The SJC sustained crucial aspects of TE Speck’s complaint (Speck 1) related to MoP’s investigation of the MPC Session. This will require MoP to conduct a proper investigation regarding the activities of MPC. More on this matter below.
II. Domestic Abuse & Sexual Assault (DASA) Committee
After three years and approximately $30,000, the DASA committee produced a 220-page report aimed to help PCA session and presbyteries faithfully minister to those who are victims of various forms of abuse. Additionally the report offers advice regarding procedures to prevent abuse from taking place within the churches of the PCA.
There are numerous helpful pieces of advice within the report. TE George Sayour has written a helpful analysis, which I commend to you. The report should be received and the committee dismissed at this year’s Assembly.
III. Business of the 49th General Assembly
A. Nominations Committee (NC)
The NC is comprised of a representative from each of the 88 Presbyteries in the PCA. Each year the NC presents a report of recommended elders to staff the permanent committees overseeing the agencies of the PCA as well as the SJC. In addition to candidates from the NC, floor nominees are also permitted.
It seems this year’s NC worked hard to recommend men for the permanent committees and the SJC who are firmly committed to the authority of the Scriptures and the plain meaning of our Standards.
B. Replacement Overtures
With the failure of overtures aimed at tightening up ordination requirements for PCA Officers, new proposals have been sent to the General Assembly. Some are very specific in their focus such as O7 from Westminster Presbytery:
Men who identify as homosexual, even those who identify as homosexual and claim to practice celibacy in that self-identification, are disqualified from holding office in the Presbyterian Church in America.
Others are more broad in focus, but nonetheless clearly accomplish the goal of prohibiting those known by reputation to be dominated by scandalous desires and sins from holding office in the PCA such as O23 from Southeast Alabama Presbytery:
Those whom God calls to bear office in His Church shall demonstrate maturity of faith and growing conformity to Jesus Christ. While these office bearers will see spiritual perfection only in glory, they will continue in this life to confess and to mortify remaining sins. Thus, those who identify or describe themselves according to their specific sins, or who teach that it is acceptable for Christians to identify or describe themselves in such a manner, shall not be approved for service by any court of Christ’s Church.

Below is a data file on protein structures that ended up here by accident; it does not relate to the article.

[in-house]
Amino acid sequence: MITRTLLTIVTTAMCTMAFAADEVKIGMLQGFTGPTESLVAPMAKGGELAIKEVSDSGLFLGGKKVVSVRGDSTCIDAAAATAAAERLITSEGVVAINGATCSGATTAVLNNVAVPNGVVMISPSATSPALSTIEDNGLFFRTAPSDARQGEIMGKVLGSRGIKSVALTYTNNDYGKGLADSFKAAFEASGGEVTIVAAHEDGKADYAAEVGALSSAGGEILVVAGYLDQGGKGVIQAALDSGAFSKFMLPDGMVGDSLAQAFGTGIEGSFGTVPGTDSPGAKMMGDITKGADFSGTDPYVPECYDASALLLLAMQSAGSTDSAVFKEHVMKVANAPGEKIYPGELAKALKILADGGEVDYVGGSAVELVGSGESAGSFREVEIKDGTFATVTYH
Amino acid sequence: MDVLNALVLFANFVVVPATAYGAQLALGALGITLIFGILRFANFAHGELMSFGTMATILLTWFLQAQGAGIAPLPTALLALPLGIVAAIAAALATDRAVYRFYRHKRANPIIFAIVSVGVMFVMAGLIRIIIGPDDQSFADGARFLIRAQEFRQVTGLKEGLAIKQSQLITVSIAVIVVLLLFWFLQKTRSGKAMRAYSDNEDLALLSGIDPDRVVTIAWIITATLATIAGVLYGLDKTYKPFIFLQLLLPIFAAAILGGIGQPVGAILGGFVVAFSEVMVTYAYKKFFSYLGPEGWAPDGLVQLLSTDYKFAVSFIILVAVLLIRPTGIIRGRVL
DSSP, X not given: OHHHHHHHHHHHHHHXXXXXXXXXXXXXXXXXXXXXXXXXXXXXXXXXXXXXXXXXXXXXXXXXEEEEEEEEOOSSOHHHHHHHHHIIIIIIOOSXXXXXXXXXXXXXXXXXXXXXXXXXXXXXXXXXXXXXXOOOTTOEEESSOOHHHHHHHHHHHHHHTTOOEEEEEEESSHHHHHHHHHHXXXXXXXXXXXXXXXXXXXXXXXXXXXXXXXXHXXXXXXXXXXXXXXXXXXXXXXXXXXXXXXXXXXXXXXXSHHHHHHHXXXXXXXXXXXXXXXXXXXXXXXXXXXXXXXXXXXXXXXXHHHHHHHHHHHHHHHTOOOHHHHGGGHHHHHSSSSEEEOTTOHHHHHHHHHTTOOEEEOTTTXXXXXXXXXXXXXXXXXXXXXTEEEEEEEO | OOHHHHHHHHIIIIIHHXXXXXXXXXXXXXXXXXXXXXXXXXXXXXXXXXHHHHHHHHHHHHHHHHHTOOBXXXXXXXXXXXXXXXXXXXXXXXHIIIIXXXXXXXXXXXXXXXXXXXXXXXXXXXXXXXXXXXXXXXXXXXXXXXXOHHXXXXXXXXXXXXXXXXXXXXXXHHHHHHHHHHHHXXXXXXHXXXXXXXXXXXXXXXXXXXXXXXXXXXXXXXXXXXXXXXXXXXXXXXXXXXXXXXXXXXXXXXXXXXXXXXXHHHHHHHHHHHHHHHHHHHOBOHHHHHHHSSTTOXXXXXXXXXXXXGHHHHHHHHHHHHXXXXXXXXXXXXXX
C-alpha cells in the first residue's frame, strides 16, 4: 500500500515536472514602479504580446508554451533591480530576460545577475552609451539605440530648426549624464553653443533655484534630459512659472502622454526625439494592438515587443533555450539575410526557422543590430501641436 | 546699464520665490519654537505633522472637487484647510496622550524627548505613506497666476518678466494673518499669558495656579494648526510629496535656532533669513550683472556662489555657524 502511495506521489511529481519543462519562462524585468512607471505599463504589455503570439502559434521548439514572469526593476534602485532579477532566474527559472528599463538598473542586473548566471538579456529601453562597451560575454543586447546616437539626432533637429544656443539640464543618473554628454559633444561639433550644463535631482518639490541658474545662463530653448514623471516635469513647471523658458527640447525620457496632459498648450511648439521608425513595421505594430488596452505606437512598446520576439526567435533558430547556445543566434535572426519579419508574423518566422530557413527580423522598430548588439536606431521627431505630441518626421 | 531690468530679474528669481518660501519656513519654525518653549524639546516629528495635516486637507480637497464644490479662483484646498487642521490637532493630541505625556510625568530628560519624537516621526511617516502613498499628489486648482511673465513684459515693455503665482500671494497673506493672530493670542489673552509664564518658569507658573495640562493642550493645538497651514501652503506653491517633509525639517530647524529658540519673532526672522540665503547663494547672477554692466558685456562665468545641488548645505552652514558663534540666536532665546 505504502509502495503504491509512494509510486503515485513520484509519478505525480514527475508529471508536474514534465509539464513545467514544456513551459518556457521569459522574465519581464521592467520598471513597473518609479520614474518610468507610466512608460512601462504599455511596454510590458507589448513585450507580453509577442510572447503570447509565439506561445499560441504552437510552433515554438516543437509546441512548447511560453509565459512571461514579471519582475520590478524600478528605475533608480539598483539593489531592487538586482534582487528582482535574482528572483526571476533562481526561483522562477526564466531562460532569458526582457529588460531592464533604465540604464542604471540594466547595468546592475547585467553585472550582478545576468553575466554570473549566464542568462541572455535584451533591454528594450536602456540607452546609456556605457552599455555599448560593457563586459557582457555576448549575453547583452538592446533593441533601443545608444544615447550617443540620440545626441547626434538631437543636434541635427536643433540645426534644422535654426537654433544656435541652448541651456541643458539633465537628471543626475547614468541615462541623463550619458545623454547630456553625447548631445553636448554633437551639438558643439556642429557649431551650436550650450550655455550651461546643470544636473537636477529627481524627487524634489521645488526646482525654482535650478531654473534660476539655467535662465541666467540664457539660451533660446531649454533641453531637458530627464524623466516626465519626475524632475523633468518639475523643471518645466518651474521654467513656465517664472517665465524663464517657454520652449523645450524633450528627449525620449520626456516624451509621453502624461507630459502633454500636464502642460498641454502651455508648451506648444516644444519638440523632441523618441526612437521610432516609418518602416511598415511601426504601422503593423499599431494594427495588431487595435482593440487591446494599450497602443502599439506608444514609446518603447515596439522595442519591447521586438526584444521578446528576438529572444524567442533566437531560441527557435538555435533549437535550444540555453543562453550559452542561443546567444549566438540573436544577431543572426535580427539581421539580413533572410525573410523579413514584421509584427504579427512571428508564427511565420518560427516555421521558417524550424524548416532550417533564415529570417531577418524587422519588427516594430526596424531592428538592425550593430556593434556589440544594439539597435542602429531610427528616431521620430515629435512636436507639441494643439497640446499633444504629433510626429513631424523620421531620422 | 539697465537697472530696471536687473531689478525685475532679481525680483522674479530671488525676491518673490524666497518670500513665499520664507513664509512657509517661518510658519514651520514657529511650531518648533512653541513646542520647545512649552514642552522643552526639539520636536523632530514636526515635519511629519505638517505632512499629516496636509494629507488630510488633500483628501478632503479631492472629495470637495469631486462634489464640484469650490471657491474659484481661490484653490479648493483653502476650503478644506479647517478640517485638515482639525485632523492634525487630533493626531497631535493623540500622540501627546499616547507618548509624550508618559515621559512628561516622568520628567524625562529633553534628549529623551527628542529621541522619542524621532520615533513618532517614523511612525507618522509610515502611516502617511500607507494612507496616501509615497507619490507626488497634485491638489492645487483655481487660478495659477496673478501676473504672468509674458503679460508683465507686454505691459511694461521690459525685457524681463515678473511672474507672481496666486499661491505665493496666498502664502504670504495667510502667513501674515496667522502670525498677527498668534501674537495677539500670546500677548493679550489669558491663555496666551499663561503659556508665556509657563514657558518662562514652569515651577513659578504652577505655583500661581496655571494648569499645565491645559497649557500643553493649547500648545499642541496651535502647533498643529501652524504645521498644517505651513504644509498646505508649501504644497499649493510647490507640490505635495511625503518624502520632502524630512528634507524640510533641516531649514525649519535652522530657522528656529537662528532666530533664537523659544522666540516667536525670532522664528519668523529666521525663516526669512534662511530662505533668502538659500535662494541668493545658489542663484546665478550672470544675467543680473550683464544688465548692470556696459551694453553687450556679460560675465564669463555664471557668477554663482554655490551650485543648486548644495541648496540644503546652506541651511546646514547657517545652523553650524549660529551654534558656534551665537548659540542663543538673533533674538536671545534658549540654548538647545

You can read the whole list of overtures on the PCA General Assembly Website.
C. Original Jurisdiction Overtures
Note: these overtures come under BCO 34-1. However BCO 34-1 has never been successfully implemented. For that reason there are two overtures attempting to change this procedure in order to ensure there is a path for the General Assembly to directly take up matters of grave public scandal involving ministers in the PCA. This one is the best of the two.
1. Central Indiana Presbytery (CIP)
Numerous media outlets in Indiana have covered the scandal surrounding a PCA teaching elder and National Partnership Member who has been accused of sexual harassment. Because of the complex nature of this issue, some argue the presbytery acted improperly regarding the teaching elder in question, so two presbyteries have requested the General Assembly assume “original jurisdiction” over this matter through its SJC. You can read the overtures here and here; the overtures summarize the difficulties CIP attempted to navigate as it adjudicated this case.
2. Missouri Presbytery (MoP)
As discussed above, MoP investigated some of TE Greg Johnson’s past statements and concluded there was “no strong presumption of guilt,” however TE Johnson continues to speak and be identified in ways that some argue contradict the Scripture and Standards as well as violate his ordination vows. As such, two presbyteries have requested the SJC take up this matter.
While these overtures are likely to receive wide support, it is unlikely the SJC will take up the case. First, it remains unclear whether MoP has refused to act. It does not appear there is a new request for an investigation into TE Johnson’s Christian character in light of his ongoing activities (BCO 31-2), and if that is the case then there is nothing on which MoP has refused to act. The SJC may take up original jurisdiction only in the vaguely defined situation in which a presbytery “refuses to act,” so the SJC may decline the request on that basis. Second, there are many indications TE Johnson and MPC are preparing to withdraw from the PCA quite soon.